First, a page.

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House Passes Yarmuth National AmeriCorps Week Resolution

House Passes Yarmuth Resolution Honoring National AmeriCorps Week

(Washington, DC)  Today the House of Representatives passed H.Res. 385, Congressman John Yarmuth’s (KY-3) resolution honoring National AmeriCorps Week.  The resolution passed 346-21.
The text of Congressman Yarmuth’s remarks is below:

Madam Speaker, I rise today in strong support of House Resolution 385, which recognizes national AmeriCorps Week.  

Since Congress created AmeriCorps in 1994, the program has yielded numbers that are impressive by any measure.  In 13 years, AmeriCorps has mobilized a million and a half volunteers in every state in the union, accumulating nearly 700 million hours of service, a value of 12 billion dollars.  In addition, AmeriCorps volunteers have earned more than a billion dollars in scholarships for that service.  My home state of Kentucky has benefited from seven million of the service hours from nearly 5,000 volunteers.

Few federal programs can quantify this type of success across the board, but the numbers would be meaningless, were it not for the tremendous impact these hours, and all those volunteers have made on countless lives throughout our communities. 

In my district, in Louisville, that impact can be felt all throughout the community.  I see it on the optimistic face of a young girl who recently found new reason to smile thanks to her mentor from Big Brothers/Big Sisters of Kentuckiana.  We feel it walking through a Portland neighborhood, freshly cleaned and painted by volunteers participating in the second annual Martin Luther King Season of Service.  You hear it in the voice of a boy proudly reading his first book to his mother who would not have been able to provide adequate education if not for the AmeriCorps Every 1 Reads program.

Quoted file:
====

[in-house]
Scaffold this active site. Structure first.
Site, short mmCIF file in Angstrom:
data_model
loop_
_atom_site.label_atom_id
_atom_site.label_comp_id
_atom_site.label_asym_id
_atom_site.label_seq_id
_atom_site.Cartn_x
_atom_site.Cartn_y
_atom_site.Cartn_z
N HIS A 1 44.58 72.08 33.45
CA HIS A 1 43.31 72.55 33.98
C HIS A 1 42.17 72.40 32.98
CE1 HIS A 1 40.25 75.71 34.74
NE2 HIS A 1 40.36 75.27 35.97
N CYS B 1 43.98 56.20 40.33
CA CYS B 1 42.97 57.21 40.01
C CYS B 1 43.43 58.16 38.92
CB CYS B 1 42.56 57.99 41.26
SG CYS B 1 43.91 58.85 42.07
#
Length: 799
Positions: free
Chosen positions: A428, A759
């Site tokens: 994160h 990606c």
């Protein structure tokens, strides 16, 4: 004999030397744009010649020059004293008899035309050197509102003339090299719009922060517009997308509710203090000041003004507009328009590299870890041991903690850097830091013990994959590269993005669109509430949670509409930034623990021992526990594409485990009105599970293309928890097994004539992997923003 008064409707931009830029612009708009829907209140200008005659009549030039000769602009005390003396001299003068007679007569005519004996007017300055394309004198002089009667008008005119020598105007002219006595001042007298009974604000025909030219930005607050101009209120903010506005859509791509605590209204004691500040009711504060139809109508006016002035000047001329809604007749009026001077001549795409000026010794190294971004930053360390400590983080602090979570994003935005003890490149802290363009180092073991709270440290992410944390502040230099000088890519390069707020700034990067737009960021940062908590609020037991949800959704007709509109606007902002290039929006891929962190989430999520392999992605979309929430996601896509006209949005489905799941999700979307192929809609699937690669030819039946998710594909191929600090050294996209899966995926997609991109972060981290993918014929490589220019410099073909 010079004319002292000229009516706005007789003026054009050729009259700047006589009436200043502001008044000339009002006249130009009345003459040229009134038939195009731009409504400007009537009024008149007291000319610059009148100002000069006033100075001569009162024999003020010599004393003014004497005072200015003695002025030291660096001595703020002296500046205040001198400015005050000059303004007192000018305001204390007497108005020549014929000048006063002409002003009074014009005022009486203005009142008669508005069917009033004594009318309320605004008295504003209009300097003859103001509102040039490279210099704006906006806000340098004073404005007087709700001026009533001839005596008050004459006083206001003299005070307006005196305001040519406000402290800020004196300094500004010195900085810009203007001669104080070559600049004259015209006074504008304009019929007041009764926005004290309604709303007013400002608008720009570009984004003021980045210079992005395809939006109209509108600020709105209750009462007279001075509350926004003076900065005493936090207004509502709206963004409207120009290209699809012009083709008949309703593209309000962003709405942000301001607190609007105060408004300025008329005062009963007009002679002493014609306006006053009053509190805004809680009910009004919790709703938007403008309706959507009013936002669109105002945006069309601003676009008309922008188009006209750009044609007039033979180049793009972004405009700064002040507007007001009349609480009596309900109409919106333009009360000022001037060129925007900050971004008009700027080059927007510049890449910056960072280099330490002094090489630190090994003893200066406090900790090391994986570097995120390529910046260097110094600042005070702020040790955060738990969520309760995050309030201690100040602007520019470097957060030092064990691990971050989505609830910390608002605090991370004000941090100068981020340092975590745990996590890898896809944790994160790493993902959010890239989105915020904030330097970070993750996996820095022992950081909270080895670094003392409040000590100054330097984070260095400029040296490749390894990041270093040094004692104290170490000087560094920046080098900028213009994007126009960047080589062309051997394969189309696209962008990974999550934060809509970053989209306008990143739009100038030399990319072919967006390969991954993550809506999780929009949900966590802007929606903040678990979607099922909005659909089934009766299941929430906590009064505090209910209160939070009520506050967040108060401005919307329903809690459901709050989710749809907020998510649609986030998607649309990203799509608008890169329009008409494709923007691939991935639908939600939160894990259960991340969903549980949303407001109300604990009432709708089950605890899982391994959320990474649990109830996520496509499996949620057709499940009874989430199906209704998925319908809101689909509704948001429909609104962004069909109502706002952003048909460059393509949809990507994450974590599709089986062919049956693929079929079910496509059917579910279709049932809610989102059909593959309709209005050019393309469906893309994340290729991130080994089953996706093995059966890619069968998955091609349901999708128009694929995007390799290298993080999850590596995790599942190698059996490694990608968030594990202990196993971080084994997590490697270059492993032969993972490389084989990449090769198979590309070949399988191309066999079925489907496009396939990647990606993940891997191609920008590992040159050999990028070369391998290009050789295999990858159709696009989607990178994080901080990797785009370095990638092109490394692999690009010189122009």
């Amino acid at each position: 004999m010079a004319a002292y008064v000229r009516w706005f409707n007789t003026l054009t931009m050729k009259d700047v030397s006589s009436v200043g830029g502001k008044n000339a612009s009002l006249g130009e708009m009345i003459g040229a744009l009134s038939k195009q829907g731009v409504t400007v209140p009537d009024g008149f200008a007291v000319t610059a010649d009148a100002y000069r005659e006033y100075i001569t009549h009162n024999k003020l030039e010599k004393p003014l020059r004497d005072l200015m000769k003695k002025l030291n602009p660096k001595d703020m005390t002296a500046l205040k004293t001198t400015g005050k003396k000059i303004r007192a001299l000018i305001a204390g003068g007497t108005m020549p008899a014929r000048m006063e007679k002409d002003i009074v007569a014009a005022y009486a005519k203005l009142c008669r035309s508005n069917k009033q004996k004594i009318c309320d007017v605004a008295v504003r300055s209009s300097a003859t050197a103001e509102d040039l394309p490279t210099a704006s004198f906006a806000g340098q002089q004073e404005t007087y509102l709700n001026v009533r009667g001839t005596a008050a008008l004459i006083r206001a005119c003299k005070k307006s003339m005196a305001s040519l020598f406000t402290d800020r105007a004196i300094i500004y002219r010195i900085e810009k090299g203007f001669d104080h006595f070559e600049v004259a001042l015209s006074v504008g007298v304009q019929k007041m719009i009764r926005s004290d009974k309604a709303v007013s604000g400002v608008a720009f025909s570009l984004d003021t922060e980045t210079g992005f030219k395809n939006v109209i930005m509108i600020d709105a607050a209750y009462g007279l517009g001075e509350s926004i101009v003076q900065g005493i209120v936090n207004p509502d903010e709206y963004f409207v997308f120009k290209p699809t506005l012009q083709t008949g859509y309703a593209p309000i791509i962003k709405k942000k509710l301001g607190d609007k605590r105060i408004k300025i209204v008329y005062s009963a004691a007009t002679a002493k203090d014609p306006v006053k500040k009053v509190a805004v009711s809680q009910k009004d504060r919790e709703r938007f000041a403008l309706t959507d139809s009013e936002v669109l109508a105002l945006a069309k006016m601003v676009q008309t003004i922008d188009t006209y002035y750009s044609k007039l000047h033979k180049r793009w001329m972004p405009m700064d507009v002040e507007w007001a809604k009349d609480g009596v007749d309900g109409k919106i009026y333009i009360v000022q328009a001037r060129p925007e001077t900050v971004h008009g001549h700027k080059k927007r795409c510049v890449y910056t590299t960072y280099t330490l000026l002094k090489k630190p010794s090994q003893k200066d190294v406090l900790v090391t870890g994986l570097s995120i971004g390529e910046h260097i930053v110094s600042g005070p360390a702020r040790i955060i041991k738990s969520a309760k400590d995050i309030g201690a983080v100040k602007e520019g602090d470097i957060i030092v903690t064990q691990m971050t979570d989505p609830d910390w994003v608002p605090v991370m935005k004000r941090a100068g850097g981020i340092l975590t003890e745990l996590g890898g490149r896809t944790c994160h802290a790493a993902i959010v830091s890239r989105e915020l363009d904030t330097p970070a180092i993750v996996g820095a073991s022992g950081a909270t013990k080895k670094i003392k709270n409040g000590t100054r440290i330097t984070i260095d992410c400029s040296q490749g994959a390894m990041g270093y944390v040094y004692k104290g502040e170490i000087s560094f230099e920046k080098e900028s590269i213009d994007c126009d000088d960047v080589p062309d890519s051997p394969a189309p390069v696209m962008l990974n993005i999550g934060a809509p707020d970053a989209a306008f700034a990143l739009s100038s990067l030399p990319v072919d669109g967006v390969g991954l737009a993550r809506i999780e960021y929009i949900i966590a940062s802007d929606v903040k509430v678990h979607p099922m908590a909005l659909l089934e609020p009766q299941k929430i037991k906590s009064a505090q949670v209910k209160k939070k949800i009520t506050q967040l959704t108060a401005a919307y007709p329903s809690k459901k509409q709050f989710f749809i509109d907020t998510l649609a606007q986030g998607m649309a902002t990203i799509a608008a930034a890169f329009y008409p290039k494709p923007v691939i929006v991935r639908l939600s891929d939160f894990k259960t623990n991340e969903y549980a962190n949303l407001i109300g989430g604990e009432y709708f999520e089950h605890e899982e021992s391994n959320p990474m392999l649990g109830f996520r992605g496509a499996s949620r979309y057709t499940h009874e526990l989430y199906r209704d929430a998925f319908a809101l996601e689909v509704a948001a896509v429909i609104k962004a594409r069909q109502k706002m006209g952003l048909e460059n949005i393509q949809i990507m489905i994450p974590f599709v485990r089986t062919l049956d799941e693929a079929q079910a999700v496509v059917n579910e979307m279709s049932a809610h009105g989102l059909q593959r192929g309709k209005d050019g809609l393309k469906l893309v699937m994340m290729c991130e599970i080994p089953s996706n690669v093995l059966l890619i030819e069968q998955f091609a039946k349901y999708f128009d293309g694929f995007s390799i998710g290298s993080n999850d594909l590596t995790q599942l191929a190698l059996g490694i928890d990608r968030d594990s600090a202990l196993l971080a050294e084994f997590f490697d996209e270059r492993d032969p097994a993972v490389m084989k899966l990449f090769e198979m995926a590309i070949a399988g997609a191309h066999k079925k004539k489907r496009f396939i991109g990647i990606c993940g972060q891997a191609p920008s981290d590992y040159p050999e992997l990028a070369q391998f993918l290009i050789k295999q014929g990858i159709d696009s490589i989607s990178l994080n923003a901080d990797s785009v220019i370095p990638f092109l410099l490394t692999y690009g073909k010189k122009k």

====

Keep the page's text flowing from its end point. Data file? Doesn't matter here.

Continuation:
There can be no doubt that in our world, the ways these lives have been touched is exceptional, but in AmeriCorps—by providing resources to Court Appointed Special Advocates, Habitat for Humanity, the Kentucky Domestic Violence Association, and other educational and non-profits services, these successes are the norm.  They happen every day, all across the country over and over again, because this unique and ambitious government initiative provides the catalyst for large-hearted Americans— of all backgrounds— to push the limits of our capacity for service, and turn awareness into action, compassion into commitment.

AmeriCorps members live each day with the understanding that when we act as one for progress, we prosper together. Yet, all too often, these life-changing individuals and community building programs go unrecognized.  So I ask all my colleagues to join me for the next seven days in honoring all AmeriCorps members and alumni, to say thank you for all that they have done and continue to do, and to encourage more people to get involved.  I reserve the remainder of my time.
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